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Football players kneel during the national anthem; you criticize the NFL for mishandling it; and people don't buy pizza.
That's the reality that led the founder of Papa John's Pizza to step down as chief executive officer. John Schnatter blamed slowing sales on the outcry surrounding NFL players kneeling during the national anthem.
If the head cook thinks like that, maybe it is time to get out of the kitchen. And if you are the general counsel, you might want to say something about it.
Schnatter, who frequently appears in Papa John's commericals with NFL players, said league leadership hurt his company by not solving the anthem problem. He said customers had a negative view of the pizza chain because of its connection to the NFL.
The company later apologized for his comments, and vowed to work with the league and its owners. It is a high-profile example of what can happen when a business exercises too much free speech.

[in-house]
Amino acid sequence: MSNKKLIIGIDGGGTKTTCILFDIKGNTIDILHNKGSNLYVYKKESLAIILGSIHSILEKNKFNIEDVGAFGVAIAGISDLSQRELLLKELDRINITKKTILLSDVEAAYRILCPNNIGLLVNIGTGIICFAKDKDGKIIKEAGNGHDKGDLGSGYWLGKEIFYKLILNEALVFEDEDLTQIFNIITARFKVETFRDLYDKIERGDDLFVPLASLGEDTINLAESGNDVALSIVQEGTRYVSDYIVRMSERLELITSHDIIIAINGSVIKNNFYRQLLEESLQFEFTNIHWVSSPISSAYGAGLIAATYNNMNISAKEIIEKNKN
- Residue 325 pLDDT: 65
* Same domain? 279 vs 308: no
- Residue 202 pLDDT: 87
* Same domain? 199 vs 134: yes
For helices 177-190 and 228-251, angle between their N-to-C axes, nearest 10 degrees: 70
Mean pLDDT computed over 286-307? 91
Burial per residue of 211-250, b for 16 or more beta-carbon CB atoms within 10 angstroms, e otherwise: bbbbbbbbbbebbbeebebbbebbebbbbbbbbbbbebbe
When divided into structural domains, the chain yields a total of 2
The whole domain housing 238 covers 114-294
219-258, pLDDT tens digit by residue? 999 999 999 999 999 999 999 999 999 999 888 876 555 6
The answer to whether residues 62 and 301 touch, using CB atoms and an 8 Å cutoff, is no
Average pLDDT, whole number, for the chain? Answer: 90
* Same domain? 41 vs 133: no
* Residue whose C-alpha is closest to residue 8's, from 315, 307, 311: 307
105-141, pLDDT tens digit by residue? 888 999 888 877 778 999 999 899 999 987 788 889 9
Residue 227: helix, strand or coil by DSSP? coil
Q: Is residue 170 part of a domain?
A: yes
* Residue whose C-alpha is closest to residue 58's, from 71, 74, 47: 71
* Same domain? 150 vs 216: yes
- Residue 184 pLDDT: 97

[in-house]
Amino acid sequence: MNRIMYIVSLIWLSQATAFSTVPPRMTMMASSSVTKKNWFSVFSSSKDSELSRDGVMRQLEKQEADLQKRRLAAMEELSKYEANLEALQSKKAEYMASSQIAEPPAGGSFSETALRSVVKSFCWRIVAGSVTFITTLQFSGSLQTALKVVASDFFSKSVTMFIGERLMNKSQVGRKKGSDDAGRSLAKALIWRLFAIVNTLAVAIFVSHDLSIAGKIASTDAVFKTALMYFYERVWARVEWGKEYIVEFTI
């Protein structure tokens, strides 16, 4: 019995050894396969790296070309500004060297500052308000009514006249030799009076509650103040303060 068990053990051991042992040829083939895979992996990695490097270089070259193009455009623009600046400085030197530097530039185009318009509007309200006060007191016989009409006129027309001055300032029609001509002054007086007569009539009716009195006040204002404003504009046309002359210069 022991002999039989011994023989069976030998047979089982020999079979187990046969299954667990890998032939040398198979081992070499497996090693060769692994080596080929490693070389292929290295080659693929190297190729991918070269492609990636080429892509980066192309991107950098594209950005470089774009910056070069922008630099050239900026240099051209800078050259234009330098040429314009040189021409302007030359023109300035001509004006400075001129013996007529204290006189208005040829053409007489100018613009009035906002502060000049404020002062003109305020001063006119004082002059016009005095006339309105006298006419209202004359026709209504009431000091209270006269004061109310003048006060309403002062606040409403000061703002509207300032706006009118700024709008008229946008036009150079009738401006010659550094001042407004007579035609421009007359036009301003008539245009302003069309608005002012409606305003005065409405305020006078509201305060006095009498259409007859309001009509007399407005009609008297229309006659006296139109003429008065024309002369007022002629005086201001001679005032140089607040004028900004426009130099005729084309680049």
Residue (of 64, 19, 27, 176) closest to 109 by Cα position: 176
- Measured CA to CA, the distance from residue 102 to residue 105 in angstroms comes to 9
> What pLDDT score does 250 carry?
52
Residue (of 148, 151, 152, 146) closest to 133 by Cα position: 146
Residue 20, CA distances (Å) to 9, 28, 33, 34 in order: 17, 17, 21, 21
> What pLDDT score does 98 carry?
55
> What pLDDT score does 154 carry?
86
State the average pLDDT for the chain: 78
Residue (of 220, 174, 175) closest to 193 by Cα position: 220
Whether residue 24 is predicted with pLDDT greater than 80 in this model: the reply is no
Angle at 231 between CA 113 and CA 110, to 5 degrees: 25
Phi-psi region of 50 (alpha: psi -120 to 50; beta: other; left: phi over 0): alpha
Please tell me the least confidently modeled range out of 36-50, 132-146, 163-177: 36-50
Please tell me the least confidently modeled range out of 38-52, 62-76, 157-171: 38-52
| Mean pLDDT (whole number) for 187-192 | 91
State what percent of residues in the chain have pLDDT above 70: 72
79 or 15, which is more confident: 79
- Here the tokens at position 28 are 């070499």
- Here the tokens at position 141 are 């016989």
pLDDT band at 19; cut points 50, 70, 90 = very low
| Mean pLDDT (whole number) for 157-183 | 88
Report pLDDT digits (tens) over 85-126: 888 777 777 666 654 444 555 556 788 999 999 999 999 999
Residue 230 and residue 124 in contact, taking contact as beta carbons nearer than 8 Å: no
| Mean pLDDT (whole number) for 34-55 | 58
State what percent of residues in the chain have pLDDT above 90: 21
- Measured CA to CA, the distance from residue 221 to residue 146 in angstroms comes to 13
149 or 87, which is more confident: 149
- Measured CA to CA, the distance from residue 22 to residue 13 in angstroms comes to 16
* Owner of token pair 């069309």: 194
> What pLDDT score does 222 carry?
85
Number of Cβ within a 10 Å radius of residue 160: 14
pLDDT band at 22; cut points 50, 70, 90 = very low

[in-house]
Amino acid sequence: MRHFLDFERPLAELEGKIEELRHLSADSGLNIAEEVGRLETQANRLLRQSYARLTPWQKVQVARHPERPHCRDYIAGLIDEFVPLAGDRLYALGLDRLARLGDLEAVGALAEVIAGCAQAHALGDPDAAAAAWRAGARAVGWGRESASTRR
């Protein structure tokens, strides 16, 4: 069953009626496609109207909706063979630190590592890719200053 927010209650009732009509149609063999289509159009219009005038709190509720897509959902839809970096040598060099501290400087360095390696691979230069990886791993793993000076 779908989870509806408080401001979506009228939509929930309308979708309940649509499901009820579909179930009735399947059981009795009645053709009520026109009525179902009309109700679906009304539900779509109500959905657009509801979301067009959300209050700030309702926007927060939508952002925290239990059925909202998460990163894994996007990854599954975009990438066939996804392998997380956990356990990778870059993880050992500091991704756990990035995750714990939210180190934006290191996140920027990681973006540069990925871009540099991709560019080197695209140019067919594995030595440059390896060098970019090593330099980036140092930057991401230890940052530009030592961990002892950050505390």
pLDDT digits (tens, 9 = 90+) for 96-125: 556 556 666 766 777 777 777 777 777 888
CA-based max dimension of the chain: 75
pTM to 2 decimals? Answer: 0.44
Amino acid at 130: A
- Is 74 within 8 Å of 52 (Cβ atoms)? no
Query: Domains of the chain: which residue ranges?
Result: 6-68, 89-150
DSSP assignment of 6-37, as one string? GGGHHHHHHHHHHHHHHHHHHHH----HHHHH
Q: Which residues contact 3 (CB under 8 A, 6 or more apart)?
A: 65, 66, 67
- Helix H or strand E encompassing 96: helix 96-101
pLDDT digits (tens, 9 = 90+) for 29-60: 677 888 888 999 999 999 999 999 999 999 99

A wise lawyer said: sometimes it's better to remain silent and be thought a fool than to open your mouth and remove all doubt. FindLaw's George Khoury said that applies to company advertising as well.
"As many companies have learned the hard way, being on the wrong side of a controversy can quickly cut into a company's bottom line," he wrote.
General counsel, whether acting as a spokesperson for a company or guiding its executives, need to know some do's and dont's when dealing with the media. That includes:
Schnatter, the face of the pizza company, broke another rule when he criticized NFL owners. Don't bite the hand that feeds you.
It's pizza, and it's definitely not football.
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